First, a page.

By Juan Barquin
By Amy Nicholson
By Alan Scherstuhl
By Travis Cohen
By Juan Barquin
By Stephanie Zacharek
By Amy Nicholson
By Juan Barquin
Returning for more blood and bang-bang in a rare genre franchise with a successful first sequel, Wesley Snipes reprises his role as the powerful Daywalker who's half-human, half-vampire. He ditched the silly name Eric years ago, and in this third outing he's all Blade. Having tangled with a blood god, assorted Predator-faced supervampires, Udo Kier, Traci Lords, and even his own mother, he and his sword now return to beat on the proto-vampire himself, Dracula. Make no mistake: Written and directed by David S. Goyer (who penned the first two Blade movies), this is filmmaking by dorks, for dorks. As such, it is lowbrow, freakish fun, a gritty Saturday matinee for adults who like a bit of cheese with their popcorn.
This time, our fanged and meticulously tattooed urban antihero becomes a fugitive in the straight world when he's set up by a vampire network led by nasty bloodsucker hottie Danica Talos (Parker Posey, of all things). Since no good deed goes unpunished, Blade's years of service protecting humanity from vampires lead to him being captured and interrogated by the FBI. That's right, there's a government-vampire conspiracy afoot, including a deranged psychologist named Vance (John Michael Higgins) who patronizes Blade by asking if he even knows who's currently the U.S. president. "An asshole," barks the laconic hipster, sans pause. Apparently those are fighting words, thus fighting quickly and plentifully resumes.
Now that Goyer is finally in the driver's seat of the franchise he shepherded from Marvel Comics to the big screen, he opts to err -- sometimes wisely, often not -- on the side of bombast. Blade hesitantly and resentfully teams up with a vampire-hunting posse called the Nightstalkers, which includes Jessica Biel (The Texas Chainsaw Massacre remake) and Ryan Reynolds (National Lampoon's Van Wilder) playing a pair of taut, trendy, frequently exposed abdomens who sass and shoot things a lot. Just about every part of our heroes and their weapons is repeatedly fetishized, usually amid or just prior to extreme violence, to a point that would embarrass Rambo. Goyer even stoops to riff on that ol' Reservoir Dogs walking-somberly-toward-the-camera-in-slow-motion trick. And this is only mentioning the glaring moments between endless sorties of generic vampires exploding into wads of hot ash.
Kris Kristofferson is a good sport to return as Blade's mentor (and Biel's father), especially when he's forced to compete for screen time with an evil henchman played by pro wrestler Triple H (Paul Levesque), who snarls and gnashes his teeth in a very Alien kind of way. Eric Bogosian also shows up via stunt-casting as a talk-show host.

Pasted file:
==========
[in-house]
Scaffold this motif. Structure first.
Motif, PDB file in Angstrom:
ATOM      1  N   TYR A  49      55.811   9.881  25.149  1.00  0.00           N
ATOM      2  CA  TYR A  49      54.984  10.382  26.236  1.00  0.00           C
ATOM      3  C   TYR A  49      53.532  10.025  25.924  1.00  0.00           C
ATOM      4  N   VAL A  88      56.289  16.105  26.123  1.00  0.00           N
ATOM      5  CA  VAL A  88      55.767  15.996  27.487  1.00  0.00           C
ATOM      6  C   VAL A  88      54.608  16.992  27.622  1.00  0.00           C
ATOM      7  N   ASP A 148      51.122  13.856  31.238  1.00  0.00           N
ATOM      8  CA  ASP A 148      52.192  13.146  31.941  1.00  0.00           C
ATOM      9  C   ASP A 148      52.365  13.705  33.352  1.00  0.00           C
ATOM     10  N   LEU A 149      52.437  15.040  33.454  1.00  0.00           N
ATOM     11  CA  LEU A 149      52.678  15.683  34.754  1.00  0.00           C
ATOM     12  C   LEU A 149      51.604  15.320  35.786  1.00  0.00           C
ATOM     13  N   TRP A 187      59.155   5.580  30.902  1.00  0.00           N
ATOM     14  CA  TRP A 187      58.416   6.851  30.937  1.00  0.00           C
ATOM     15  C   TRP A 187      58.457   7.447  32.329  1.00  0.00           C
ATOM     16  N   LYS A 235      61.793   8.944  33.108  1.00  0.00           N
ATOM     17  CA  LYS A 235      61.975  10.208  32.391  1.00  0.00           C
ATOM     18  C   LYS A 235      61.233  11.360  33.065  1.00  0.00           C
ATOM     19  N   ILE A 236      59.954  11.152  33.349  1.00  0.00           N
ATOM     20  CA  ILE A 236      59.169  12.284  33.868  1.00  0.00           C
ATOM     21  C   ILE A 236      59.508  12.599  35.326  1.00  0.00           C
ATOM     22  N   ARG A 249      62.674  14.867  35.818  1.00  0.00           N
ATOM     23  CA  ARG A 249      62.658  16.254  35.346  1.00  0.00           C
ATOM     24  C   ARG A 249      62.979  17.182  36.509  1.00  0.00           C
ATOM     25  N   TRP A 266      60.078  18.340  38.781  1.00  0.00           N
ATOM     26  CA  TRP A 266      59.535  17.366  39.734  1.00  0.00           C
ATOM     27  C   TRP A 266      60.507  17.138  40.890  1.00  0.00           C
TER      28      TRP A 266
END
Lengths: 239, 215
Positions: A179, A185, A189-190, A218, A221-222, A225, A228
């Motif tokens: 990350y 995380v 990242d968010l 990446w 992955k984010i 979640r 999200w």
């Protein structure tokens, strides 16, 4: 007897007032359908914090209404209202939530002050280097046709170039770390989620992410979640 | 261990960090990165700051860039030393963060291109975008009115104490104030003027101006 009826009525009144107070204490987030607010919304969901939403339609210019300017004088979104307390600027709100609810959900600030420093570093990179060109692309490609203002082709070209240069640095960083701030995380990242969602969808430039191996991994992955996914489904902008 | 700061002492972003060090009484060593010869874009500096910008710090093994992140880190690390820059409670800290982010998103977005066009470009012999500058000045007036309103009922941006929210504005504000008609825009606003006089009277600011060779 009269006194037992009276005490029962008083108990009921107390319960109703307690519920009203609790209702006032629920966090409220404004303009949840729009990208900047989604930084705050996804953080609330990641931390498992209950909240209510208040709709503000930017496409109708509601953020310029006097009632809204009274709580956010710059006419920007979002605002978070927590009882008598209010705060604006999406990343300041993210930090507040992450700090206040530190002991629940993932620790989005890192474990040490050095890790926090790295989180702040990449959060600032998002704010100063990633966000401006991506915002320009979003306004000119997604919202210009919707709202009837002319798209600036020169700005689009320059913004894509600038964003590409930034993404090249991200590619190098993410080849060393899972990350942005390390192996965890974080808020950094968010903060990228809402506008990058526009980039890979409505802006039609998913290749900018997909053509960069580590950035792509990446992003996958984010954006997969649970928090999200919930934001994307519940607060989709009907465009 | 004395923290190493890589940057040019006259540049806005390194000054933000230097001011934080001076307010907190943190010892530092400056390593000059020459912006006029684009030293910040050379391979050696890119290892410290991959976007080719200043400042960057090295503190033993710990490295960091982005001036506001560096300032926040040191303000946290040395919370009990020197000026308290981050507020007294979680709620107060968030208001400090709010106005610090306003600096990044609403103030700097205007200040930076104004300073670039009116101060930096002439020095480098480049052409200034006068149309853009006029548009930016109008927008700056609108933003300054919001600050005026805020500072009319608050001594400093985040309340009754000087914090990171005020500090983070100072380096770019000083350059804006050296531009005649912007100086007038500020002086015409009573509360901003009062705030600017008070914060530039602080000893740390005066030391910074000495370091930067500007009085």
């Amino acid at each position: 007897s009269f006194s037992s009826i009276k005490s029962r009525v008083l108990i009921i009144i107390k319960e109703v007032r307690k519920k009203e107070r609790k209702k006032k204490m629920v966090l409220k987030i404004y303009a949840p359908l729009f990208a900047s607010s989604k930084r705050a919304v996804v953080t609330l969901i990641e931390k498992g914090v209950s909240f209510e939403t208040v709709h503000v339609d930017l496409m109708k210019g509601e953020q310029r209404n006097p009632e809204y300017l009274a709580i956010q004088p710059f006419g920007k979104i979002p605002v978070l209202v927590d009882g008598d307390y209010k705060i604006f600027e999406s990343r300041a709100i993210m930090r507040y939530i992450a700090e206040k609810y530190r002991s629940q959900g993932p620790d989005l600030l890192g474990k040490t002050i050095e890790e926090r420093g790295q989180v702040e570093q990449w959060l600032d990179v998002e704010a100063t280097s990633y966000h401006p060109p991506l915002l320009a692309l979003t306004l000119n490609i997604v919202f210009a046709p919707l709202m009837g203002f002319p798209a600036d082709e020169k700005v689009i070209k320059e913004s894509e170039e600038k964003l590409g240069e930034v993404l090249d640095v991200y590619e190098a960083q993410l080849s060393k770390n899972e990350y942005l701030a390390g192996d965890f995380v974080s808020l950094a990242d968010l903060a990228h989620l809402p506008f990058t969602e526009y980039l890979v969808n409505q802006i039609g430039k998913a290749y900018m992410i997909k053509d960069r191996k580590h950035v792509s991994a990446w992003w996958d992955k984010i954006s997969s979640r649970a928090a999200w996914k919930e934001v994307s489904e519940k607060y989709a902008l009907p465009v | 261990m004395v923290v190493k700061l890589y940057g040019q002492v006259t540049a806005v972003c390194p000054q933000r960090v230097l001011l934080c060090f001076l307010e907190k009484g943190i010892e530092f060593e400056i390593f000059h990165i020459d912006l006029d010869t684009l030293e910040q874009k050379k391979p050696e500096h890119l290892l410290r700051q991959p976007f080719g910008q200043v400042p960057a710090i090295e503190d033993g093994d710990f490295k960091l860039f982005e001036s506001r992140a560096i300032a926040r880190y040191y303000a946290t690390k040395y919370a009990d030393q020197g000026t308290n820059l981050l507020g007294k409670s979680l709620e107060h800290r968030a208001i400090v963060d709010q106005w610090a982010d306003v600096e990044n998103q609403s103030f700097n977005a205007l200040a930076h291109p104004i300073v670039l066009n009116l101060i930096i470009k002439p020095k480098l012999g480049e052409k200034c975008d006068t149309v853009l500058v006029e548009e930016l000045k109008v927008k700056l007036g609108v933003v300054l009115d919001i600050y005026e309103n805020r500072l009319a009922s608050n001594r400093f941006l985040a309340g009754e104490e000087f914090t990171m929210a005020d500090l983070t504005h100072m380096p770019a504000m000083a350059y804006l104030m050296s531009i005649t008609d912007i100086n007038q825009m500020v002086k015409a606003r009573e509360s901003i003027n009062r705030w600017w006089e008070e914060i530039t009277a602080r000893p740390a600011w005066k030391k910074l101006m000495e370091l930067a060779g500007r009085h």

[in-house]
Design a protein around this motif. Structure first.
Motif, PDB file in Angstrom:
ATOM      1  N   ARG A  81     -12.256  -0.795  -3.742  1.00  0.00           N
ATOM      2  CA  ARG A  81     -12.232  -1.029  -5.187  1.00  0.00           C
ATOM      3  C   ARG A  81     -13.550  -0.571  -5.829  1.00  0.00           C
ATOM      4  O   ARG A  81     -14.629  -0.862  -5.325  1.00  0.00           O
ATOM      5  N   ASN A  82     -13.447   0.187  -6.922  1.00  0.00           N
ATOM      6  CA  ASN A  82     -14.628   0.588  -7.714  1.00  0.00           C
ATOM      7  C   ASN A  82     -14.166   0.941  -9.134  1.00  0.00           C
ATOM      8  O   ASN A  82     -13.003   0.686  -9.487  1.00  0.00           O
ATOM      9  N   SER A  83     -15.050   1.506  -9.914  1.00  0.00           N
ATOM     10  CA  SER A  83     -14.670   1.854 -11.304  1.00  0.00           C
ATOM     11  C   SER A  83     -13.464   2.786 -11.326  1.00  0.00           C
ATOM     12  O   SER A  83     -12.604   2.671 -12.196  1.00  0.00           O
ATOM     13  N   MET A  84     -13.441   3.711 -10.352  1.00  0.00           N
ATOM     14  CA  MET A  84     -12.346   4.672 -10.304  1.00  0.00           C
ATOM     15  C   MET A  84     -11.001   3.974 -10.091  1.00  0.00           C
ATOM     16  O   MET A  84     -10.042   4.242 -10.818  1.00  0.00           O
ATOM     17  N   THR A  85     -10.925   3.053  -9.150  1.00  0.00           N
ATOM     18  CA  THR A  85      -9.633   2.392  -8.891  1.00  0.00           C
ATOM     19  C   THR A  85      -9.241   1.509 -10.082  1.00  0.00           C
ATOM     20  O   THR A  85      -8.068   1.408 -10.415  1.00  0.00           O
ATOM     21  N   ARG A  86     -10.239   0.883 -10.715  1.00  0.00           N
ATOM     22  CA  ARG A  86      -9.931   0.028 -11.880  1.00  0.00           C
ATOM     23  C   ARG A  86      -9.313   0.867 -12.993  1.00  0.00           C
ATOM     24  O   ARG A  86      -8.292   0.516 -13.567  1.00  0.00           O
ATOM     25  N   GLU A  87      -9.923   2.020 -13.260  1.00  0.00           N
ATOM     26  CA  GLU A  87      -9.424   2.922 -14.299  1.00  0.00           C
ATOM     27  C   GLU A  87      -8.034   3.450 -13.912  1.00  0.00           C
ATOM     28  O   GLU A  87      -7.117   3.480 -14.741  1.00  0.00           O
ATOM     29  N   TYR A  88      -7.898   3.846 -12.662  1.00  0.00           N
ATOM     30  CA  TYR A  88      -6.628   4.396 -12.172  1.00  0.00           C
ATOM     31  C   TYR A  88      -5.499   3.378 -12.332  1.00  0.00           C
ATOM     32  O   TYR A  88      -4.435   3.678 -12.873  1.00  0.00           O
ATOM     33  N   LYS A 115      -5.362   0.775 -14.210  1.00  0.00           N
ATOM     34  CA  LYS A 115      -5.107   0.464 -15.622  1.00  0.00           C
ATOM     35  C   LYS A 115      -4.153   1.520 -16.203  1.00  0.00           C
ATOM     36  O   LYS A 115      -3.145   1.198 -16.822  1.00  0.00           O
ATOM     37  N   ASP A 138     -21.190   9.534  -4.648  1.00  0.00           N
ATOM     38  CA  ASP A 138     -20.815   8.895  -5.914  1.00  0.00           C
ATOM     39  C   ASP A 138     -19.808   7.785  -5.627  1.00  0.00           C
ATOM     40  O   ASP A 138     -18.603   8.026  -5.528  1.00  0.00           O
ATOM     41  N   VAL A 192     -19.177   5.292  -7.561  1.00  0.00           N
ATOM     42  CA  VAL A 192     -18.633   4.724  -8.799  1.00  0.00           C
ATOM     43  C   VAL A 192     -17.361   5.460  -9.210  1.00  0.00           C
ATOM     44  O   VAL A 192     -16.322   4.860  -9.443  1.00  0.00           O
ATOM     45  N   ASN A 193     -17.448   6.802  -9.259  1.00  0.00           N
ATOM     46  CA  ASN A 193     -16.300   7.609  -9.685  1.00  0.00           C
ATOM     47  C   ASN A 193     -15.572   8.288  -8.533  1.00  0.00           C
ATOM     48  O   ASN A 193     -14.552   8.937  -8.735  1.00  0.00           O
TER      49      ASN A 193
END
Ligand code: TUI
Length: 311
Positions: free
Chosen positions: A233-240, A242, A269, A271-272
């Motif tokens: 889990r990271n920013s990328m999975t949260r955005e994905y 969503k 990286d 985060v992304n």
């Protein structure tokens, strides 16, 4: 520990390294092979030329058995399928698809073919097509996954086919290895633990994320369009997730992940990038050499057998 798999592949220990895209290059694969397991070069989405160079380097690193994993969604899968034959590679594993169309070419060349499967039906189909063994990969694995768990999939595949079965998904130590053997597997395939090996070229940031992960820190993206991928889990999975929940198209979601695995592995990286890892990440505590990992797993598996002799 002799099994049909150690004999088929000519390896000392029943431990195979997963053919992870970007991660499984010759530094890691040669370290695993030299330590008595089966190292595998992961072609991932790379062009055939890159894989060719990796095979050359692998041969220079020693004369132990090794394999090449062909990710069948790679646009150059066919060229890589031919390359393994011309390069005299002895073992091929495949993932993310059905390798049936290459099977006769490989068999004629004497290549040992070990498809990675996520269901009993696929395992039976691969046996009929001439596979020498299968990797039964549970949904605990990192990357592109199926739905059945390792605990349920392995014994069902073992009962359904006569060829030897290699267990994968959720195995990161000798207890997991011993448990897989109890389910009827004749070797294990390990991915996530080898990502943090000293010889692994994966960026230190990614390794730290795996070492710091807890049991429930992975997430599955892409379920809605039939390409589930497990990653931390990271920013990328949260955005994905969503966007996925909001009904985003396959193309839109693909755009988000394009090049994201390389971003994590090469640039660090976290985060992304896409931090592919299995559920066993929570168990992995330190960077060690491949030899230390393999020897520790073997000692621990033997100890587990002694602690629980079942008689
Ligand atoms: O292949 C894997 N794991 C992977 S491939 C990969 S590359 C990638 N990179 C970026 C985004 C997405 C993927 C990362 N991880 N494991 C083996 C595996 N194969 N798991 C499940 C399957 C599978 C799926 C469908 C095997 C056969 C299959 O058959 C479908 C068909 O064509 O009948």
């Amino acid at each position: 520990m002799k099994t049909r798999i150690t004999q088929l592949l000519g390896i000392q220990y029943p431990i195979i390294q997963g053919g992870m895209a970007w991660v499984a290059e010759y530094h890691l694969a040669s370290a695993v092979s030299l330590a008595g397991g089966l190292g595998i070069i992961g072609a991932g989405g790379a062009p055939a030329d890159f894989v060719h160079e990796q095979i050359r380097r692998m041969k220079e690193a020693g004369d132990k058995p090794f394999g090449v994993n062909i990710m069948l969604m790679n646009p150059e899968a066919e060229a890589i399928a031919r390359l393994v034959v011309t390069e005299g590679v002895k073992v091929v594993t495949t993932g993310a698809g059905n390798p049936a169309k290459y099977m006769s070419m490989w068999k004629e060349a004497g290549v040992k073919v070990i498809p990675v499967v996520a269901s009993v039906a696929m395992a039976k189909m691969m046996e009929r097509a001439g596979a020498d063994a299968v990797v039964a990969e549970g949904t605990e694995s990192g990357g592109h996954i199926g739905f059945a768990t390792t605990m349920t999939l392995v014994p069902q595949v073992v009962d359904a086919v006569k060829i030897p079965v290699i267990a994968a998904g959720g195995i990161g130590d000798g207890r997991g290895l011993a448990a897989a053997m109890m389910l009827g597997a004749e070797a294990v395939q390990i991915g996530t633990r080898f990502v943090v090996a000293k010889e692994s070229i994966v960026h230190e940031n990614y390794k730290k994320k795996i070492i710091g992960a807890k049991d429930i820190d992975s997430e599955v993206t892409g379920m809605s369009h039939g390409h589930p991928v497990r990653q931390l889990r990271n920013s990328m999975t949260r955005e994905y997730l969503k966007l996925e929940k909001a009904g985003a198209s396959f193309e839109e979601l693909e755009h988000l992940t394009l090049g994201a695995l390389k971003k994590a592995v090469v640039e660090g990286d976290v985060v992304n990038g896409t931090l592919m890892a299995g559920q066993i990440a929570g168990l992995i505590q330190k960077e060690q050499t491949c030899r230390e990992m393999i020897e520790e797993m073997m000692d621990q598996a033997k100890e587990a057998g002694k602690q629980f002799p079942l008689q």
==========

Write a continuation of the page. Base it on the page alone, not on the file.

As for Dracula, in this telling he's played by Dominic Purcell, who rivals Van Helsing's Richard Roxburgh as the silliest Australian to take on the legend. Where Roxburgh oozed pompous absurdity, though, Purcell comes across as a buzz-cut frat boy gone haywire, molesting a Goth shop clerk (again, fetishized, replete with plaid schoolgirl skirt) and crucifying a blind, blond scientist (Natasha Lyonne) before going mano a mano with Snipes. A millennia-old demon also known as "Drake," he eventually transforms into one of those rubber-suited monsters who only appear in severely reduced lighting. This is reasonably nifty, but overall -- ahem -- he sucks.
It also doesn't help that Goyer forces his characters into tirades of puerile playground profanity. Poor Reynolds cannot open his mouth without delivering such witty gems as "cock-juggling thundercunt," and "How 'bout you take a sugar-frosted fuck off the end of my dick?" Even Dracula gets a groove on "motherfucker." Suddenly Underworld starts seeming really classy.
Something vaguely mythic emerged with Stephen Norrington's oedipal, L.A.-based Blade in 1998; with Blade II a couple of years ago, horrormeister Guillermo del Toro spun us into really disturbing scenarios in the funky underbelly of Prague. In Blade: Trinity, one can feel the strain of competing with past successes, and it's to Goyer's credit that he keeps the action fast and hard, the score (by Ramin Djawadi and the RZA) pumping, and the niggling questions shushed. (Miraculously, he even finds time to slip in William Shatner in the cult film Incubus, some off-center Oz trivia, and two lucrative homages to Mac's iTunes software.) This Trinity may be the least of the three -- sound familiar, Matrix faithful? -- but it's the closest in style and attitude to a pulpy comic book, an art form that doesn't need to be lofty, perfect, or even sensible to tickle a dork's fancy.
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